Bac Giang proposes combination of Yen Tu’s east, west festivals hinh anh 1A large number of visitors join annual Yen Tu festival (Photo: VNA)
Bac Giang (VNA) – Holding the Yen Tu festival in Tay Yen Tu in northern Bac Giang province and Dong Yen Tu in neighbouring Quang Ninh province will help preserve and promote the cultural values of Yen Tu, said a Government Committee for Religious Affairs official.

Both Tay Yen Tu (west of Yen Tu) and Dong Yen Tu (east of Yen Tu) festivals have close relations with Truc Lam Zen Buddhism and should be combined, said Bui Huu Duoc, head of the committee’s Buddhism Department at a conference in Bac Giang on December 4.

Prof. Dr. Tram Lam Bien said that the combination of the two festivals will form a great festival to attract Buddhists. He suggested the festival be held in early 2017.

However, Prof. Dr. Chu Van Tuan from the Religion Research Institute said that the combined festival should be postponed to 2018 as currently, Bac Giang has yet to finish preparations and transportation system for the event.

He also proposed that Bac Giang clarify the value of Tay Yen Tu relic and the religious value of the festival to promote the relic site and connect it with regional tours.

Meanwhile, Dr. Pham Hong Trung from the Institute for the Vietnam Studies and Development Science said that it is necessary to follow locals’ wishes in organising the festival, while calling for their engagement in the preservation and promotion of the festival.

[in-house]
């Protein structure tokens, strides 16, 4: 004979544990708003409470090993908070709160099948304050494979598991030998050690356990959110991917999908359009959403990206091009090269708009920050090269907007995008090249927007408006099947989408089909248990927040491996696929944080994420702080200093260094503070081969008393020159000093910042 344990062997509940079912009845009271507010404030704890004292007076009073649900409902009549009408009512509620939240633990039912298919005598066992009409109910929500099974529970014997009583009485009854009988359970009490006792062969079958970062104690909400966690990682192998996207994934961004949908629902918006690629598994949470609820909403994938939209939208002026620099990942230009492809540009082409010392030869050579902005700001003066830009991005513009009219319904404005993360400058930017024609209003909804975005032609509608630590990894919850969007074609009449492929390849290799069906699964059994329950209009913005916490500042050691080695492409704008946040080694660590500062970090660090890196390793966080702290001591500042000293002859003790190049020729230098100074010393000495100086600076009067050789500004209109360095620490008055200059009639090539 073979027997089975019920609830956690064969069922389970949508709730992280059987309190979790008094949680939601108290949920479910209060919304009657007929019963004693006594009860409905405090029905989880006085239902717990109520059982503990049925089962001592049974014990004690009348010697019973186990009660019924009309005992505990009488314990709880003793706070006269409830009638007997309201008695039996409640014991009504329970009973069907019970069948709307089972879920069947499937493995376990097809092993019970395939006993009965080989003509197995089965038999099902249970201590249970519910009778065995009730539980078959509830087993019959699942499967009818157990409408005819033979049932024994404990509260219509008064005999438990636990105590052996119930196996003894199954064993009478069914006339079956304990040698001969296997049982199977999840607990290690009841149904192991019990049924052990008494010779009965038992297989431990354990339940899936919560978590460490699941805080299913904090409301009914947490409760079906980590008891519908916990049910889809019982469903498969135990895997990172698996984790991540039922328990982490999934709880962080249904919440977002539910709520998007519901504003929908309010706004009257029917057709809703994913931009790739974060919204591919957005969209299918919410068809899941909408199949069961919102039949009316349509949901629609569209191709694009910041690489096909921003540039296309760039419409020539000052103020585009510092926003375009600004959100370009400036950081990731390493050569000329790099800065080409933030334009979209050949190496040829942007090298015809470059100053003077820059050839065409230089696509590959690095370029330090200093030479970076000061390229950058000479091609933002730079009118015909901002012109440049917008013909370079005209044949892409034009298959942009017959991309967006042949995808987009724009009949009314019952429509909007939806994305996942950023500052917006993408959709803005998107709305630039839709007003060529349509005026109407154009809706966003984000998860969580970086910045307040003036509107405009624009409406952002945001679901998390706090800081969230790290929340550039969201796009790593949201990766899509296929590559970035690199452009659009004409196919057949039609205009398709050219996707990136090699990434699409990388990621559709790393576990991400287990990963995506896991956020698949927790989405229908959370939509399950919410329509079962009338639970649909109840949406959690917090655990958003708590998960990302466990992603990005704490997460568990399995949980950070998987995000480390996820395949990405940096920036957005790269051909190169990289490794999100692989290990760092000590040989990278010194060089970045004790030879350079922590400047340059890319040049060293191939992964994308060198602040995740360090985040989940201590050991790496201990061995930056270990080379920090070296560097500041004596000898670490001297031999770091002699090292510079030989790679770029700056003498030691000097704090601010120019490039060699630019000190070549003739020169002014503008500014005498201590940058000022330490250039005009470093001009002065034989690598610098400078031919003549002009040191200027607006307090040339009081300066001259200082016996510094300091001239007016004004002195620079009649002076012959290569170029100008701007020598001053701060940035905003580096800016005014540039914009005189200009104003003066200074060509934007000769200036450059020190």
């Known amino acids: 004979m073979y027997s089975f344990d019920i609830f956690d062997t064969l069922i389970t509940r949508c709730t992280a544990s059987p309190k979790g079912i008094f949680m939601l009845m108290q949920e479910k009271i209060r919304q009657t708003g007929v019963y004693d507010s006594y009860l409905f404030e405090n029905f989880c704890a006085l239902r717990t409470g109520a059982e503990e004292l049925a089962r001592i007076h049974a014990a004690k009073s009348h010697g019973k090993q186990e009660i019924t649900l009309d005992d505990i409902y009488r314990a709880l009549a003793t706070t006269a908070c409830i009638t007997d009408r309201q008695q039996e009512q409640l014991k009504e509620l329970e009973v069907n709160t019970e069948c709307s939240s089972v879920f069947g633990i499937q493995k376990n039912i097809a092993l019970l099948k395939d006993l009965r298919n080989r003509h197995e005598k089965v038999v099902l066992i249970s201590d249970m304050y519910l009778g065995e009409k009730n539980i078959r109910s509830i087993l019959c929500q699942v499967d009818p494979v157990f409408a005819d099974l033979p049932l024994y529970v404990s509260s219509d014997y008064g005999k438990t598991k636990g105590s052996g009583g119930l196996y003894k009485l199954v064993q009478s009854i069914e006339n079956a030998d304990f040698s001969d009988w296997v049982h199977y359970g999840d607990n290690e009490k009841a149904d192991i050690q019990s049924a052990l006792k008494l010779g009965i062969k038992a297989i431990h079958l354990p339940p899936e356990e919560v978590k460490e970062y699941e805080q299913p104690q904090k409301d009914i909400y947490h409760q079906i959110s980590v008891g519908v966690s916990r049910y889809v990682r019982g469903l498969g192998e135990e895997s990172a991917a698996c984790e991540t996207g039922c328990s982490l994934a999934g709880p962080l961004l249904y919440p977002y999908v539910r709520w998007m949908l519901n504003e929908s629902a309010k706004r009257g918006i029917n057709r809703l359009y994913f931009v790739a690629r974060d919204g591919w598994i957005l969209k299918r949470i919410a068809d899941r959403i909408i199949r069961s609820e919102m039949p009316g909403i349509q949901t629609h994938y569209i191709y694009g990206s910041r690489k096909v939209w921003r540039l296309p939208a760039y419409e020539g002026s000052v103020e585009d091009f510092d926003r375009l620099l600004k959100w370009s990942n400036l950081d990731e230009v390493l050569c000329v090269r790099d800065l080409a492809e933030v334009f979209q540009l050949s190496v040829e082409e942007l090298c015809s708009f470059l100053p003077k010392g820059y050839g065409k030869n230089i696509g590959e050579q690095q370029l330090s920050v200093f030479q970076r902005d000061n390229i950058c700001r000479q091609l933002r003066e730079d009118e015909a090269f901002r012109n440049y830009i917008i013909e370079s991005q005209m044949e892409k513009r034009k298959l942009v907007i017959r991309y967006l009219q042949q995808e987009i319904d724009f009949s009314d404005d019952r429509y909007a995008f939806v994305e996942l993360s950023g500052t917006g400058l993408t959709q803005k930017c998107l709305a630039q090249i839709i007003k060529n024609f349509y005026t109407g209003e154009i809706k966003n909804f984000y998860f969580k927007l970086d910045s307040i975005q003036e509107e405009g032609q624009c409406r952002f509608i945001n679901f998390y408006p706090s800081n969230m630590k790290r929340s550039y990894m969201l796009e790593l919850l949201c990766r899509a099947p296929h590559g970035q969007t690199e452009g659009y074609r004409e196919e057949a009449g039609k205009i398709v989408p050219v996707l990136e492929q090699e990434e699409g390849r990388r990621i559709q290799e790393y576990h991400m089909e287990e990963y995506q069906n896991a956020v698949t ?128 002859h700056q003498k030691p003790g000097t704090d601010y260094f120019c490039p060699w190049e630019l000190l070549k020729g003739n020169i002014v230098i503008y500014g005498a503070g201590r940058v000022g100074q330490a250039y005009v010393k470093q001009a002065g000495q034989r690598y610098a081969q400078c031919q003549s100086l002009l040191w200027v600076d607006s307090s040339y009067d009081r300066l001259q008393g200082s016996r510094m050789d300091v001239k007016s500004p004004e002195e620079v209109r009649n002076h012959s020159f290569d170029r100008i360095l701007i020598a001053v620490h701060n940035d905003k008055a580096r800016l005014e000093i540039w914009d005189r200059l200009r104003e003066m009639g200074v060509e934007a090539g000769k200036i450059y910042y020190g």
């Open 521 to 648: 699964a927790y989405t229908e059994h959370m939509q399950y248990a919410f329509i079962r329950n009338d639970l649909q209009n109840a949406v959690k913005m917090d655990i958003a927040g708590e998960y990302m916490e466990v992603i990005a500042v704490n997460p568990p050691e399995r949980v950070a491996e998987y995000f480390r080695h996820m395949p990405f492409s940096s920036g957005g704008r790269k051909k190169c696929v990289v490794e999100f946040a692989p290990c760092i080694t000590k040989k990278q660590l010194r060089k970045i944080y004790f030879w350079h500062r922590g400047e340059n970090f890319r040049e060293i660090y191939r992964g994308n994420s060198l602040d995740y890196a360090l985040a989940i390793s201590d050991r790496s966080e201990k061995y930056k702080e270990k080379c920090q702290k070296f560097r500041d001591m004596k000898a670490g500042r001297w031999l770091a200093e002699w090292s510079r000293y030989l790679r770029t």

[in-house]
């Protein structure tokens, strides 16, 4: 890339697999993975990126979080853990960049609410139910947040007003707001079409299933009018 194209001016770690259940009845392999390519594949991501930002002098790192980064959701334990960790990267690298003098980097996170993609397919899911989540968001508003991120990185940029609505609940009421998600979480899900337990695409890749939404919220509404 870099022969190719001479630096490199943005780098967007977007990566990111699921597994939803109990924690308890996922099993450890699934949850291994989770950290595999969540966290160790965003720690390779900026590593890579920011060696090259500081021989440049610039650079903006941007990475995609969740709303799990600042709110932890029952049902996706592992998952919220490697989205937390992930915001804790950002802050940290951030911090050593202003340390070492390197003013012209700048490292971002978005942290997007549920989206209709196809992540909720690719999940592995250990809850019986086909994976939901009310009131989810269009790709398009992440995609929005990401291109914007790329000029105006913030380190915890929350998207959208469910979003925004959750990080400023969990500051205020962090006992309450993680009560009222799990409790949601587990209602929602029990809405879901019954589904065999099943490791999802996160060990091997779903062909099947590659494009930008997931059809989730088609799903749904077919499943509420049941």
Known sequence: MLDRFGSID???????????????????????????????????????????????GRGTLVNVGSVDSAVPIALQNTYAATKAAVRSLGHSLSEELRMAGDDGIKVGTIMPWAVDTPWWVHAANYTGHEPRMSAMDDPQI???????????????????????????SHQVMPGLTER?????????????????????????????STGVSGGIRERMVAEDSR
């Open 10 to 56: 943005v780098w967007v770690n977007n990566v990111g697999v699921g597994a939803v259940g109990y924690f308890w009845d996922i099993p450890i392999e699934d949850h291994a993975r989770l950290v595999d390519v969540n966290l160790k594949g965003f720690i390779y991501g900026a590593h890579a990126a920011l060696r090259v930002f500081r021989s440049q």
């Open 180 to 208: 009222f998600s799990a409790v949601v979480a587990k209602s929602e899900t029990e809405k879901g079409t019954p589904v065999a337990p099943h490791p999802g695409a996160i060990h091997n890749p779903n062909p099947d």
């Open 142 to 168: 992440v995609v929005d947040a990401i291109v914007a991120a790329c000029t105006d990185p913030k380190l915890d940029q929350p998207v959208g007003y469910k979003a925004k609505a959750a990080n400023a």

In the 13th century, King-Monk Tran Nhan Tong (1258-1308), the third king of the Tran dynasty (1225-1400), abdicated the throne when he was 35 and spent the rest of his life on Yen Tu Mountain, practising Buddhism.

At the end of the Ly dynasty (1009-1225) and the beginning of the Tran dynasty, Yen Tu was a Buddhist worship venue for many monks like Hien Quang, Vien Chung, Dai Dang, Tieu Dao and Hue Tue.

When Tran Nhan Tong practised Buddhism on the mountain, he founded the first Vietnamese School of Buddhism called “Thien Tong,” Vietnam Zen Buddhism, turning the site into the capital of Vietnamese Buddhism.

During the past nearly 1,000 years, hundreds of pagodas and shrines have been built throughout the Yen Tu complex, including structures which boast thousands of prized statues and artefacts.

Yen Tu is also a museum of architecture and diverse fauna and flora. It has favourable conditions for research in history, spiritual culture, tourism potential, ecological environment, bio diversity and gene protection.-VNA